Please note that as of October 24, 2014, the Nokia Developer Wiki will no longer be accepting user contributions, including new entries, edits and comments, as we begin transitioning to our new home, in the Windows Phone Development Wiki. We plan to move over the majority of the existing entries. Thanks for all your past and future contributions.
Porting WRT widgets to QML
This article introduces the basic information and steps needed to port a Symbian Web Runtime widget to Qt Quick.
Why should you port a WRT widget to QML?
QML offers multiple benefits over classical WRT widgets, including:
- improved performances: QML applications run faster than WRT widgets, meaning smoother animations and improved user experience
- Qt extensibility: if QML doesn't offer all the functionality needed in an application, it can be easily extended by writing the needed functionalities in Qt, and accessing those by the QML layer
- Cross platform: being part of Qt, QML allows to create UIs and applications that can be deployed on multiple operating systems, including Symbian, MeeGo, Windows, Linux, OSX
Where to start?
A first introduction to the differences between the Web and QML environments is available in the article: Introduction to QML for Web developers. The topics covered by that article include:
- Standard and custom UI elements
- Positioning of UI elements
- UI manipulation
- UI styling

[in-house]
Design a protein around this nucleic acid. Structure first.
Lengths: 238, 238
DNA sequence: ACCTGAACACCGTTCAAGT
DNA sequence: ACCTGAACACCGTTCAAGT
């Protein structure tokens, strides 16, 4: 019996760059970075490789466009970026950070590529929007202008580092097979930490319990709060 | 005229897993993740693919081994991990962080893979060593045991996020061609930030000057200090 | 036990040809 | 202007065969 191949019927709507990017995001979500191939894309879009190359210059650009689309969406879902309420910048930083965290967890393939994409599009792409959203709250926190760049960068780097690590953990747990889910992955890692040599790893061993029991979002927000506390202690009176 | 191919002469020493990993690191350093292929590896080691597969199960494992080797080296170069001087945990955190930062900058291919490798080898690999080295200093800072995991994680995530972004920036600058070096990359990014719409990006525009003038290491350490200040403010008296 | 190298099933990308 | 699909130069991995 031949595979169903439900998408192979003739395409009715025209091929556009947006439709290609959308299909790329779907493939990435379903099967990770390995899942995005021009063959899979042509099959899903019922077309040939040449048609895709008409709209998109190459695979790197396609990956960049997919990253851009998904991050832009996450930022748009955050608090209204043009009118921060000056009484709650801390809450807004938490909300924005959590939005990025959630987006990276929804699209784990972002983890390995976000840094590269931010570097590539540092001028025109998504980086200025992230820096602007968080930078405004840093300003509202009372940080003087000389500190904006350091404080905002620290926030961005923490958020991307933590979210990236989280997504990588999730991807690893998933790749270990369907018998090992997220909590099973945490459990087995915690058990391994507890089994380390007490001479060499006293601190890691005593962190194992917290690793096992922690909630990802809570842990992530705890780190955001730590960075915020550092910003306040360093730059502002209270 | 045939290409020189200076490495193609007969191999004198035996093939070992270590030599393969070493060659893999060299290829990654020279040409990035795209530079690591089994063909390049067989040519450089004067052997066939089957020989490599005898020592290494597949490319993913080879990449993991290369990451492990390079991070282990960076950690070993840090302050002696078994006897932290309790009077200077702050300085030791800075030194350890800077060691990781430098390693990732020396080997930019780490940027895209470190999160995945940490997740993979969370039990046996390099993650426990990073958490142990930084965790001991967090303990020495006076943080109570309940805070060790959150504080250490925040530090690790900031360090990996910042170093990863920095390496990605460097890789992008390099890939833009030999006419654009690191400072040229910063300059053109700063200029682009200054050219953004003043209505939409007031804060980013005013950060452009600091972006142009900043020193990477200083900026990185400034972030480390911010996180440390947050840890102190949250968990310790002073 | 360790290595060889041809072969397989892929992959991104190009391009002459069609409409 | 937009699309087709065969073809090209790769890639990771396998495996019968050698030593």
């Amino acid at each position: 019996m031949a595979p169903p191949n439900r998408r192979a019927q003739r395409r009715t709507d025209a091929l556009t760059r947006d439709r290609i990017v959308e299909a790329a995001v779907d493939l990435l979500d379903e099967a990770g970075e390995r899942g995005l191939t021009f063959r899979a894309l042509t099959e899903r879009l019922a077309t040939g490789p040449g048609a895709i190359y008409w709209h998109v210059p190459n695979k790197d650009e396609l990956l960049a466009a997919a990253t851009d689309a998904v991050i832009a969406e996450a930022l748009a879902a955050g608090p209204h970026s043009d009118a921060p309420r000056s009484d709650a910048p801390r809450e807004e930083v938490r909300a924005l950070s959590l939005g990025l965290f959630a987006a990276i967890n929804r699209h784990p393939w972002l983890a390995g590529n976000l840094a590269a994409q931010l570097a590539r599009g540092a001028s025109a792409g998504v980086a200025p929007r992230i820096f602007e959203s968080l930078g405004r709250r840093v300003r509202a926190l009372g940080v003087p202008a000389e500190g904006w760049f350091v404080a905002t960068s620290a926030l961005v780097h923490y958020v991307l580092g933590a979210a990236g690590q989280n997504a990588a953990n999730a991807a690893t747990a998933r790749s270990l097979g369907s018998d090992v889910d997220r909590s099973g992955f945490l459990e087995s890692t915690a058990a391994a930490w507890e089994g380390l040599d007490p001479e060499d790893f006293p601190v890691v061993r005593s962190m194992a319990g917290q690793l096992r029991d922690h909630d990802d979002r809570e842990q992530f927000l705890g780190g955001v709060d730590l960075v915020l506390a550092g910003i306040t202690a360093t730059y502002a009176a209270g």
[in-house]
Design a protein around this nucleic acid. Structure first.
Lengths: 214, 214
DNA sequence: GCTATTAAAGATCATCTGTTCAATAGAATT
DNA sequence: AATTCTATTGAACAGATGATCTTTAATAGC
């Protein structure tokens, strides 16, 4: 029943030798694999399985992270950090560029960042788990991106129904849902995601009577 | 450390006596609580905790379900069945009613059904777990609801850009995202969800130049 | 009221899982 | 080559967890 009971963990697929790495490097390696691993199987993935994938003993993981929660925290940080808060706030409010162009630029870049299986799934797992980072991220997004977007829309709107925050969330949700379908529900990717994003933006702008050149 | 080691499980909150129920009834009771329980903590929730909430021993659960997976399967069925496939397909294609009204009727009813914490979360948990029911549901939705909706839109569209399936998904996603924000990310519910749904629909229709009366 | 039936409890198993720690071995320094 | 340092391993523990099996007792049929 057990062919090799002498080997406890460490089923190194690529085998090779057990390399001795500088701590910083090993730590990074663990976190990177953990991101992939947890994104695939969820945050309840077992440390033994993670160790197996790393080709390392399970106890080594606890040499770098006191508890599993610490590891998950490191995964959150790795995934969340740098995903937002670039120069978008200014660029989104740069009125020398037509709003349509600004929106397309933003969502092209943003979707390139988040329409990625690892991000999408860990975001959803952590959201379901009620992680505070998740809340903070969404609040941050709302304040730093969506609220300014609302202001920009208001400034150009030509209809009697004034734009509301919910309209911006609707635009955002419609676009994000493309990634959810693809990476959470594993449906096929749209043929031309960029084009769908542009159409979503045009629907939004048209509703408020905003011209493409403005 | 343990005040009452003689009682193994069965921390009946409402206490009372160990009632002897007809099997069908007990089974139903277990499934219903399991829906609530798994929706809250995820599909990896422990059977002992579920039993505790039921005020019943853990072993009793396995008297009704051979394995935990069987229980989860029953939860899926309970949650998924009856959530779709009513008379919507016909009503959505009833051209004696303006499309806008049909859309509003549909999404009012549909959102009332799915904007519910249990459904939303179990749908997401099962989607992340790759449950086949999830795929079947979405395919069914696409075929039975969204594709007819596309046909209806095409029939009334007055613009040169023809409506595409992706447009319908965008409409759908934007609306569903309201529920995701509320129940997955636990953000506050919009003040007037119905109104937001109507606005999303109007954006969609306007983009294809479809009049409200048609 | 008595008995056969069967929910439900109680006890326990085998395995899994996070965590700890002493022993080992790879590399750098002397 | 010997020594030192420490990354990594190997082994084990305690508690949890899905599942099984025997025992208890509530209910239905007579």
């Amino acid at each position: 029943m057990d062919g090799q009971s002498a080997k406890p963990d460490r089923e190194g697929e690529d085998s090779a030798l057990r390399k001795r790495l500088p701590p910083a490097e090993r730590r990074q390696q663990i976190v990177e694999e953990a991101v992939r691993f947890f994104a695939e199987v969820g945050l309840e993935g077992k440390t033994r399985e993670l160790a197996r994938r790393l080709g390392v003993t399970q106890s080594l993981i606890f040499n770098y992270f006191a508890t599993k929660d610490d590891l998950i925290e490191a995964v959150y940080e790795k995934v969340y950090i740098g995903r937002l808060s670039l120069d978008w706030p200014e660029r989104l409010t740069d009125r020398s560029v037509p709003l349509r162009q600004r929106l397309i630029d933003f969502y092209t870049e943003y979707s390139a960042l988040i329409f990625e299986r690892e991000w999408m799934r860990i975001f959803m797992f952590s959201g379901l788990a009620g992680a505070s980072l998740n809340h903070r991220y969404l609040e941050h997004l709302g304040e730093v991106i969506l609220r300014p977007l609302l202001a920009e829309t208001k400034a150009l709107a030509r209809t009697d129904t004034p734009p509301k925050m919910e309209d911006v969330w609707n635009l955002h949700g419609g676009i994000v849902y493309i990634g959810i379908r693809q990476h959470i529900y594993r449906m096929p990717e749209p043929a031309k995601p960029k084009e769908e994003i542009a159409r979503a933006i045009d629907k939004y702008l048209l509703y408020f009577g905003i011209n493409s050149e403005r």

Knowledge of the topics covered in that article is needed to fully understand the differences and the techniques to successfully port an application from the WRT world to QML.
This article will focus on the additional steps required to port WRT-specific functionalities to the QML environment.
The WRT environment supports three different kinds of focus management, settable by a WRT widget via the widget setNavigationType method:
- cursor based: based on the mouse cursor, with the cursor moved by the user using the navigation pad
- tabbed based: no cursor is shown, the user moves the focus using the navigation pad
Saving local data
Managing the device orientation
Qt Quick does not currently allow to lock the device orientation directly via QML, so a line of Qt code is needed. Specifically, it is necessary to call the setOrientation method of the QmlApplicationViewer instance:
WRT has an inbuilt support for adding and managing the menu items associated to the device softkeys.
Audio and Video
In WRT widgets, audio and video playback is possible mainly through the usage of embedded Flash Lite movies, as in the case of the On demand Web TV – have your favorite channels with you.
QML does not offer an inbuilt support for audio and video, but the Multimedia QML plugin from Qt Mobility 1.1 brings this functionality to the QML enviroment. Thanks to this plugin, audio and video can be used in QML applications with plain declarative syntax.
While QML has no inbuilt APIs to access low-level functionalities, there are solutions that include:
- Qt Mobility QML plugins: through a set of plugins, the Qt Mobility project adds new functionalities to the QML language.
- Extending QML with C++ code: more information is available here
The Qt Mobility QML Plugins
This sections shows how functionalities based on Platform Services can be ported to QML applications with the help of Qt Mobility QML plugins.
|Platform Services API||QML API||Notes|
|Calendar API||Organizer plugin from Qt Mobility 1.2|
|Contacts API||Contacts plugin from Qt Mobility 1.2|
|LandMarks API||Location plugin from Qt Mobility 1.2|
|Location API||Location plugin from Qt Mobility 1.2|
|Media Management API||Gallery plugin from Qt Mobility 1.1|
|Messaging API||Messaging plugin from Qt Mobility 1.1|
|Sensors API||Sensors plugin from Qt Mobility 1.2|
|System Information API||System Information API from Qt Mobility 1.2||Check out the available [QML Classes|